Jacques-Yves Cousteau – The Dynamiting Conservationist


Hopefully everybody reading this has heard of the late Jacques Cousteau 1910-1997, a famous French explorer, conservationist, filmmaker, innovator, photographer, author and researcher. I have many of his books and films on my bookcase at home that go back to the origins of SCUBA as we know it today.

He is known as an icon for marine conservation but when his methods are viewed today they are quite controversial.  In his first film / documentary Le Monde du Silence (1956) you can see his crew using dynamite to kill or disable all of the fish in the area from the barotrauma of the explosion.  Either killing the fish outright or rupturing their swim bladders is “the only method for taking a census” of all of the fish in the area. This method is used as many fish hide or leave the area when divers approach to take a census.  In the film Cousteau himself describes it as “an act of vandalism” and describes collecting the fish for study as “a tragic scene“.  Illegal in most countries now, dynamite fishing is extremely wasteful and destructive to the entire ecosystem.  Dynamited reefs are reduced to rubble that take generations to rebuild and in the meantime are left baron of life before any life returns.

As a diver, watching Cousteau’s crew members intentionally break off coral from the reef and collect it for studies is hard to watch as it will take many decades to regenerate what is broken off.  I teach all of my students to avoid touching anything underwater, even with just a finger to prevent damage.  But as with many scientific procedures from the past, they appear horrifying to our standards today but our knowledge of the world around us would not be the same if not for their research.

Riding turtles and tortoises may appear fun for the explorers but the stress caused to the animals is apparent. The crew are filmed holding onto sea turtles as an easy way to get around without their DPVs.  Sitting on giant tortoises whilst the crew eat their lunch as the tortoises struggle to move under them.

In another tragic scene a juvenile Sperm Whale is injured by the boats propeller, its injuries are too severe for it to re-join its family group so the crew dispatch it when they can.  The injury and commotion attracts the attention of nearby sharks who naturally begin to feed on the whale, outraged the crew begin to beat the sharks, drag them out of the water and kill the sharks.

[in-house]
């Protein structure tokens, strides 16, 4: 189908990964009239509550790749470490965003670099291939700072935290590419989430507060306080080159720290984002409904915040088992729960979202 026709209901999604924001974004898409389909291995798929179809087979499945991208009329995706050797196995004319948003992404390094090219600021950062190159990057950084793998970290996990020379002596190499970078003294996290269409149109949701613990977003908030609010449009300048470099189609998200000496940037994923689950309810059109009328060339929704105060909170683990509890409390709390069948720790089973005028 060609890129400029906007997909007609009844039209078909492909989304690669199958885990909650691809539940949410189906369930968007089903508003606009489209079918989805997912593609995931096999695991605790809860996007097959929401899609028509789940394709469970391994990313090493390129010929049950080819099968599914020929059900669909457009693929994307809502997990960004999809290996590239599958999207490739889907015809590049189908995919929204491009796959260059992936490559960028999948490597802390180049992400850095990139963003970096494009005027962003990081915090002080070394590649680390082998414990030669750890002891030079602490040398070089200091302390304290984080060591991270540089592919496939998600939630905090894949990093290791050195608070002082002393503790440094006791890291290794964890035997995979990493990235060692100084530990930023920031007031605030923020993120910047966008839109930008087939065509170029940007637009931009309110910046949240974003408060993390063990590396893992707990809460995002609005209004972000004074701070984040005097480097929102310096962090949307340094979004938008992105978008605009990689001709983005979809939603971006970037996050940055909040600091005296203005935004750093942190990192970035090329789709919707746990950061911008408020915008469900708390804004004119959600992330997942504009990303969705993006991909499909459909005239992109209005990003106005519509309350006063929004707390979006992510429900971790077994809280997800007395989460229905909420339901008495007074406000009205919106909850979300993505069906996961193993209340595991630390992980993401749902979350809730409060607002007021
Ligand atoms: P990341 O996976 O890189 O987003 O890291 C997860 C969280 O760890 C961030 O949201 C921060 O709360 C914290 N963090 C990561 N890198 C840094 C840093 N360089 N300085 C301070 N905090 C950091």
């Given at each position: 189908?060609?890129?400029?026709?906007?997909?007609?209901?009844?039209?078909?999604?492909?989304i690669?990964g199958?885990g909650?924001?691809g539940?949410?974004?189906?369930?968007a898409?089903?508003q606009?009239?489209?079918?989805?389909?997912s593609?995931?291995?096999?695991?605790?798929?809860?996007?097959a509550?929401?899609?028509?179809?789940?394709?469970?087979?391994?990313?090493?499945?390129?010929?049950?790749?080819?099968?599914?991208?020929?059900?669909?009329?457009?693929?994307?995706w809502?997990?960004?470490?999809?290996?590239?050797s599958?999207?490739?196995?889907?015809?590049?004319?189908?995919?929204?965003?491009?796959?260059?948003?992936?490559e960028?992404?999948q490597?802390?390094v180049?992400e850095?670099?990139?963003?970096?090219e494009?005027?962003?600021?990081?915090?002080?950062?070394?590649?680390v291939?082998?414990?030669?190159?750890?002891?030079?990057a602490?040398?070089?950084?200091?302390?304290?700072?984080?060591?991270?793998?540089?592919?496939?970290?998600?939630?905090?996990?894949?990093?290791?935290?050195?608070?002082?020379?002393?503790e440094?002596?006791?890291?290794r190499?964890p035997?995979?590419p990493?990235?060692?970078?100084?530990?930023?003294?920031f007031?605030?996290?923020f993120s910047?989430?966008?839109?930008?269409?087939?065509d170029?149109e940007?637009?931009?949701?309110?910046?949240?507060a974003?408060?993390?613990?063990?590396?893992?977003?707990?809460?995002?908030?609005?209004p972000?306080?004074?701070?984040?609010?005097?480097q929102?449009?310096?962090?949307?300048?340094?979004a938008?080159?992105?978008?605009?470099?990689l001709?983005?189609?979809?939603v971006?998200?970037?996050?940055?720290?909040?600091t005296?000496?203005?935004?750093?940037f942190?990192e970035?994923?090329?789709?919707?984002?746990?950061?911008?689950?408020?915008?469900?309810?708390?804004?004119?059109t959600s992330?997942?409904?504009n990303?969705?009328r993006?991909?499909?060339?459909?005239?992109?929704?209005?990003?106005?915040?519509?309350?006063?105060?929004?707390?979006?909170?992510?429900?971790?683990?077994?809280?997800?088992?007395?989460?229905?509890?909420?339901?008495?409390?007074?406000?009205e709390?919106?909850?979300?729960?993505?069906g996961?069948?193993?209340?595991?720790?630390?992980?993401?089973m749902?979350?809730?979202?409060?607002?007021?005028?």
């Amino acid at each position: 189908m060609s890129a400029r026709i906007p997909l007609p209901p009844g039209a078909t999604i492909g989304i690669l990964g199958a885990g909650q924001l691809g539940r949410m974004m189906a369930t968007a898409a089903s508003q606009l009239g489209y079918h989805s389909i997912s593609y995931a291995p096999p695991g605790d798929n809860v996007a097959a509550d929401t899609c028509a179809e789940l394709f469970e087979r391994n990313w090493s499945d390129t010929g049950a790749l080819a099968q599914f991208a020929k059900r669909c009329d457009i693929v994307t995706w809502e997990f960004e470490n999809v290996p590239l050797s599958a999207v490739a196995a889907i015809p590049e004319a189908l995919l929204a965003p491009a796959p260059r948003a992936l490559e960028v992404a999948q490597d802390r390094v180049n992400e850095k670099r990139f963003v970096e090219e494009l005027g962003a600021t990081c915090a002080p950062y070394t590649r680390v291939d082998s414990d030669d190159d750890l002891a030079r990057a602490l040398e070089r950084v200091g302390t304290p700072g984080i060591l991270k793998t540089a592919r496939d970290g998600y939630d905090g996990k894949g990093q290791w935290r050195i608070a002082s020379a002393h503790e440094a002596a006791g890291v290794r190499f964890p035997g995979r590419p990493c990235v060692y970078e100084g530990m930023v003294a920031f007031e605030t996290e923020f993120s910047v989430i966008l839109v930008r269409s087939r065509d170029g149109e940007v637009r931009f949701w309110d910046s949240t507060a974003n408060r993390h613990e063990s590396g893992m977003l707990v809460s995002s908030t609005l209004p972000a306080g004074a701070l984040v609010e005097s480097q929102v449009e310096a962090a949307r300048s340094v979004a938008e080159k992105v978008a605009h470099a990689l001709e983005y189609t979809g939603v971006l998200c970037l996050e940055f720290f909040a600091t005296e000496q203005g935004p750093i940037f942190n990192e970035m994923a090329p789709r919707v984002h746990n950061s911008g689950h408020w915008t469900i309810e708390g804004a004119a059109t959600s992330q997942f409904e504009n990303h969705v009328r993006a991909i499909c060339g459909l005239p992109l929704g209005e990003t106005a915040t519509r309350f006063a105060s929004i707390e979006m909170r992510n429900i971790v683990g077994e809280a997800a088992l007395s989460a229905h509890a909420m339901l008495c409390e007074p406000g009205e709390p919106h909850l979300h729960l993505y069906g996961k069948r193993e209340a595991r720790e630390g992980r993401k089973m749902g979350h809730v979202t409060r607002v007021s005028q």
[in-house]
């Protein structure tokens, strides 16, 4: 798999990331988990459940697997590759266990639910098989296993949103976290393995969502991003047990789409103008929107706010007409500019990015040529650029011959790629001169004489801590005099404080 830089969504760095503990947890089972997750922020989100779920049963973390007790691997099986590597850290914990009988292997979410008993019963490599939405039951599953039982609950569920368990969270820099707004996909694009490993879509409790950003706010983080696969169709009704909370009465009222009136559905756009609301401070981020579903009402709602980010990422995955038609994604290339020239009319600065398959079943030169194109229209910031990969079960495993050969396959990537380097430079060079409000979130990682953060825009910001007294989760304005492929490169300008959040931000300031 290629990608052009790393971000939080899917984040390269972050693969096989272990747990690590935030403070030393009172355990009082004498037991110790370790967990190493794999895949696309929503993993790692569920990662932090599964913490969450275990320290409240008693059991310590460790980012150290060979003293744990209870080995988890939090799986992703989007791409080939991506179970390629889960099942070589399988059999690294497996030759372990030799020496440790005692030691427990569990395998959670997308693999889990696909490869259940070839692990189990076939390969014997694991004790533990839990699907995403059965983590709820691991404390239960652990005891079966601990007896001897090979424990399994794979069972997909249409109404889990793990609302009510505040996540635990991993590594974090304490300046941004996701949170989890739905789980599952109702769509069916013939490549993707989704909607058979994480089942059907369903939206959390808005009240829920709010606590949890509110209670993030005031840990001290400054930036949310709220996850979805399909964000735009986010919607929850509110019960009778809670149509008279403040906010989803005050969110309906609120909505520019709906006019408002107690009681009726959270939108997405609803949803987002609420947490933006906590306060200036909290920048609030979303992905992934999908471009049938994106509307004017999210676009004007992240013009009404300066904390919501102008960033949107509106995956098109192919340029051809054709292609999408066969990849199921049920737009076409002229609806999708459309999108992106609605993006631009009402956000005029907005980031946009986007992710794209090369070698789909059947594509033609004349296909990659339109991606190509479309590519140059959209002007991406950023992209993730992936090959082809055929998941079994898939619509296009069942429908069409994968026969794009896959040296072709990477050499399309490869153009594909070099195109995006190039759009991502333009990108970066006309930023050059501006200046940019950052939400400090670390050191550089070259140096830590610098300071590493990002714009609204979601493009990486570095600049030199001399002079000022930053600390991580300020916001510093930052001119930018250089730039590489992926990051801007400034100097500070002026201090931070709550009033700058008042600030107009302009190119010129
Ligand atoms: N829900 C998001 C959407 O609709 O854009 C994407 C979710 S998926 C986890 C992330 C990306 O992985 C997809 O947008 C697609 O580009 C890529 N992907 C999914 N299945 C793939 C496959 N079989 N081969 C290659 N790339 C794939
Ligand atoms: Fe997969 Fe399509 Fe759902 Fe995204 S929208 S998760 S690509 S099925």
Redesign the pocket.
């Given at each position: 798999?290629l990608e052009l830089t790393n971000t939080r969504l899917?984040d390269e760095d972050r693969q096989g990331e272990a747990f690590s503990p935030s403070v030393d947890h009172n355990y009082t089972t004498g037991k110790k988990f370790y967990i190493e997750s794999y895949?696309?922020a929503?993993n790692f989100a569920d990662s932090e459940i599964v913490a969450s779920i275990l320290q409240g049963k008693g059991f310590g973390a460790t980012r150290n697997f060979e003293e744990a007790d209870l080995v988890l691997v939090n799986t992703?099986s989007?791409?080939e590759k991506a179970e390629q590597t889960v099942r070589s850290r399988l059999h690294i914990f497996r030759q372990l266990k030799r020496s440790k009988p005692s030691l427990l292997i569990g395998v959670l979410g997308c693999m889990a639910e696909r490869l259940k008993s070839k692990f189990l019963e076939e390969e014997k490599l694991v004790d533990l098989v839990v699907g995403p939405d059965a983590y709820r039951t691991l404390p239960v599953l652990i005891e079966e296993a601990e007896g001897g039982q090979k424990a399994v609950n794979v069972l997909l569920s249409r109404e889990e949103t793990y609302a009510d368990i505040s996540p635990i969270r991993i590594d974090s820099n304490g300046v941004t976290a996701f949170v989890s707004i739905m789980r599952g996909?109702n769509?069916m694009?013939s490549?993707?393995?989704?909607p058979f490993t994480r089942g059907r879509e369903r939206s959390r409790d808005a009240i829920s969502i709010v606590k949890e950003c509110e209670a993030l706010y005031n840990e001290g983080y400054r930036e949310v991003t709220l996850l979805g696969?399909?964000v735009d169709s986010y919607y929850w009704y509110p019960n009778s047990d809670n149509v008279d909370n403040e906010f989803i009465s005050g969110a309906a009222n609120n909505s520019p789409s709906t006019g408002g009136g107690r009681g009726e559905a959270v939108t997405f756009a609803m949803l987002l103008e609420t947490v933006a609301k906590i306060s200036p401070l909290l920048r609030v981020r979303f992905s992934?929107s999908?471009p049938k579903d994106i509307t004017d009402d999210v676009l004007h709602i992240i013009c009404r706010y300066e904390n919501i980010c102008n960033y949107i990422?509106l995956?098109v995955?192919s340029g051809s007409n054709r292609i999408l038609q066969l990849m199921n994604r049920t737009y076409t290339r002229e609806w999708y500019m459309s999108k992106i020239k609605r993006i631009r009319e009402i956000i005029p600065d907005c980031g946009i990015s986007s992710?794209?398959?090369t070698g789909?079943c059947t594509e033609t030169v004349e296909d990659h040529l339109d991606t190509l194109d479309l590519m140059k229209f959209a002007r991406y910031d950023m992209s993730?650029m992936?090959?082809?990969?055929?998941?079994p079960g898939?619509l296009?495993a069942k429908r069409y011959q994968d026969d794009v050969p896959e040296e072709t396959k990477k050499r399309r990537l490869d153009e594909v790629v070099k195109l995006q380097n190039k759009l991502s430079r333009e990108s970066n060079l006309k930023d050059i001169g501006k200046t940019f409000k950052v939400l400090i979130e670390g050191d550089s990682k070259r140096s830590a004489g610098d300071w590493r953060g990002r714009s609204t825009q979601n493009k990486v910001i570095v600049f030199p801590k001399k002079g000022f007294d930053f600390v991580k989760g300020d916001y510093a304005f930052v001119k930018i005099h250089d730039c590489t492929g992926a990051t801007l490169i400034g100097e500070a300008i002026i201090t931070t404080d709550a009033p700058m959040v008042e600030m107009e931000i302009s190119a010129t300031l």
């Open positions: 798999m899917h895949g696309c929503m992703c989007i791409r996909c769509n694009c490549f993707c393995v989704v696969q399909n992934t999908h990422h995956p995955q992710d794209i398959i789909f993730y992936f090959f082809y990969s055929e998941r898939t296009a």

Unbelievable actions when viewed against today’s conservation practices but when you consider that this particular documentary was filmed in the 1950’s and a few things have changed since then.  The Cousteau Society is still working today but has changed somewhat through the years with the changing times.  Their views on sharks have completely changed with their shark protection project.  Cousteau worked to stop dumping waste underwater and protect whales and is quoted that “people protect what they love” and he definitely loved the underwater world.

It is easy to judge with hindsight but if men like Cousteau did not exist to expand our knowledge and push boundaries the world would be a much darker place.  We have learned from our mistakes and we know what damage we are causing to the underwater world and there is a vast number of people and organisations working to help repair and understand the oceans.

What are your views on Jacques Cousteau throughout the ages? Feel free to comment below.

 

Mark E Newman
About me

Hi I'm Mark and I am the Assistant Category Manager for Simply Scuba, I am a PADI Instructor and have lead dives all around the world from the Arctic Circle down to Madagascar. I have dealt with a wide range of divers from free-divers, SCUBA, rebreather, tech, commercial and military divers and such have a wealth of knowledge in the diving world that I can use to answer your questions.

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